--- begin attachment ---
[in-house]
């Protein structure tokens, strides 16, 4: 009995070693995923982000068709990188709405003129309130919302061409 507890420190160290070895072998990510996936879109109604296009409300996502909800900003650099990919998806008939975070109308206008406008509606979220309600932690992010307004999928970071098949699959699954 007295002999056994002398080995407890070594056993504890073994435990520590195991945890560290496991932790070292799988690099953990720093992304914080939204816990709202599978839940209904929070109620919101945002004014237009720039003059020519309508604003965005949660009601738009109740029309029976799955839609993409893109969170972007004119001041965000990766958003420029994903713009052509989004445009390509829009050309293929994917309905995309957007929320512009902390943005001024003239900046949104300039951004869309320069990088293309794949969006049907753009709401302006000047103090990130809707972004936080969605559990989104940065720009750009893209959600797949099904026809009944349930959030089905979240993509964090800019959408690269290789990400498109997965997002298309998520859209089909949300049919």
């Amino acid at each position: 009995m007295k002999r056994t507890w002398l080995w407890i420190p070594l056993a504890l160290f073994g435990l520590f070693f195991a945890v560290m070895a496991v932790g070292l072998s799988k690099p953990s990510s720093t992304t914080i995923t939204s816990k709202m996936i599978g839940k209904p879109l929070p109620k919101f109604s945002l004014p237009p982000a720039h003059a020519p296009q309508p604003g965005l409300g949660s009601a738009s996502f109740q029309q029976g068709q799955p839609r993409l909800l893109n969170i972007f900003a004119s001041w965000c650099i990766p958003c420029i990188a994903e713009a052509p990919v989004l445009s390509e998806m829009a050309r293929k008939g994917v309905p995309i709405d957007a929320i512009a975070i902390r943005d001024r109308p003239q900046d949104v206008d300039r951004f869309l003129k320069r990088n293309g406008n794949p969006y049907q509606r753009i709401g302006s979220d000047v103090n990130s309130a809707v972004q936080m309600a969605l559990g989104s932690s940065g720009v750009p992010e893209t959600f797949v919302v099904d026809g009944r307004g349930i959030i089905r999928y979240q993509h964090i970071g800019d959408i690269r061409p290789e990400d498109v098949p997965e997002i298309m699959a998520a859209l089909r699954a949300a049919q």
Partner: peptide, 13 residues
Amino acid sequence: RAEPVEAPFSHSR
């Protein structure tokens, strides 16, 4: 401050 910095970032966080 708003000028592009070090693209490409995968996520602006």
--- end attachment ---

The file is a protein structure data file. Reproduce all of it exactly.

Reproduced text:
[in-house]
């Protein structure tokens, strides 16, 4: 009995070693995923982000068709990188709405003129309130919302061409 507890420190160290070895072998990510996936879109109604296009409300996502909800900003650099990919998806008939975070109308206008406008509606979220309600932690992010307004999928970071098949699959699954 007295002999056994002398080995407890070594056993504890073994435990520590195991945890560290496991932790070292799988690099953990720093992304914080939204816990709202599978839940209904929070109620919101945002004014237009720039003059020519309508604003965005949660009601738009109740029309029976799955839609993409893109969170972007004119001041965000990766958003420029994903713009052509989004445009390509829009050309293929994917309905995309957007929320512009902390943005001024003239900046949104300039951004869309320069990088293309794949969006049907753009709401302006000047103090990130809707972004936080969605559990989104940065720009750009893209959600797949099904026809009944349930959030089905979240993509964090800019959408690269290789990400498109997965997002298309998520859209089909949300049919």
């Amino acid at each position: 009995m007295k002999r056994t507890w002398l080995w407890i420190p070594l056993a504890l160290f073994g435990l520590f070693f195991a945890v560290m070895a496991v932790g070292l072998s799988k690099p953990s990510s720093t992304t914080i995923t939204s816990k709202m996936i599978g839940k209904p879109l929070p109620k919101f109604s945002l004014p237009p982000a720039h003059a020519p296009q309508p604003g965005l409300g949660s009601a738009s996502f109740q029309q029976g068709q799955p839609r993409l909800l893109n969170i972007f900003a004119s001041w965000c650099i990766p958003c420029i990188a994903e713009a052509p990919v989004l445009s390509e998806m829009a050309r293929k008939g994917v309905p995309i709405d957007a929320i512009a975070i902390r943005d001024r109308p003239q900046d949104v206008d300039r951004f869309l003129k320069r990088n293309g406008n794949p969006y049907q509606r753009i709401g302006s979220d000047v103090n990130s309130a809707v972004q936080m309600a969605l559990g989104s932690s940065g720009v750009p992010e893209t959600f797949v919302v099904d026809g009944r307004g349930i959030i089905r999928y979240q993509h964090i970071g800019d959408i690269r061409p290789e990400d498109v098949p997965e997002i298309m699959a998520a859209l089909r699954a949300a049919q």
Partner: peptide, 13 residues
Amino acid sequence: RAEPVEAPFSHSR
């Protein structure tokens, strides 16, 4: 401050 910095970032966080 708003000028592009070090693209490409995968996520602006």